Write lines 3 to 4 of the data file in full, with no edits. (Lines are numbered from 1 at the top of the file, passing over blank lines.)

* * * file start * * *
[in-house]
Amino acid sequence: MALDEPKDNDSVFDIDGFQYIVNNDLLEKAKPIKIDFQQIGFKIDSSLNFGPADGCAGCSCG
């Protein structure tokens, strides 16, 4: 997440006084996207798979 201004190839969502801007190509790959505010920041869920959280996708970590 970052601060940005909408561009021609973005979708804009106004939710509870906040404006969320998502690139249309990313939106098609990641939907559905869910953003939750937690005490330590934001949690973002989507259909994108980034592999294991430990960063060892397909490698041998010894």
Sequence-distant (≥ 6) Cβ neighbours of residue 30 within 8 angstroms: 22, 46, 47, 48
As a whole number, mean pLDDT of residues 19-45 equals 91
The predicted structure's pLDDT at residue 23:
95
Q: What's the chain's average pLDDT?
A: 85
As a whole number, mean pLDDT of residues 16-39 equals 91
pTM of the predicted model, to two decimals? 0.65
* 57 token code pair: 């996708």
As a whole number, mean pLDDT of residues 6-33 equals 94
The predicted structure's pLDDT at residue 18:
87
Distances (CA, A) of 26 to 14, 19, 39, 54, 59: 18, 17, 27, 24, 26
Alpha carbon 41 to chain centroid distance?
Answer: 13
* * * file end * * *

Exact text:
């Protein structure tokens, strides 16, 4: 997440006084996207798979 201004190839969502801007190509790959505010920041869920959280996708970590 970052601060940005909408561009021609973005979708804009106004939710509870906040404006969320998502690139249309990313939106098609990641939907559905869910953003939750937690005490330590934001949690973002989507259909994108980034592999294991430990960063060892397909490698041998010894």
Sequence-distant (≥ 6) Cβ neighbours of residue 30 within 8 angstroms: 22, 46, 47, 48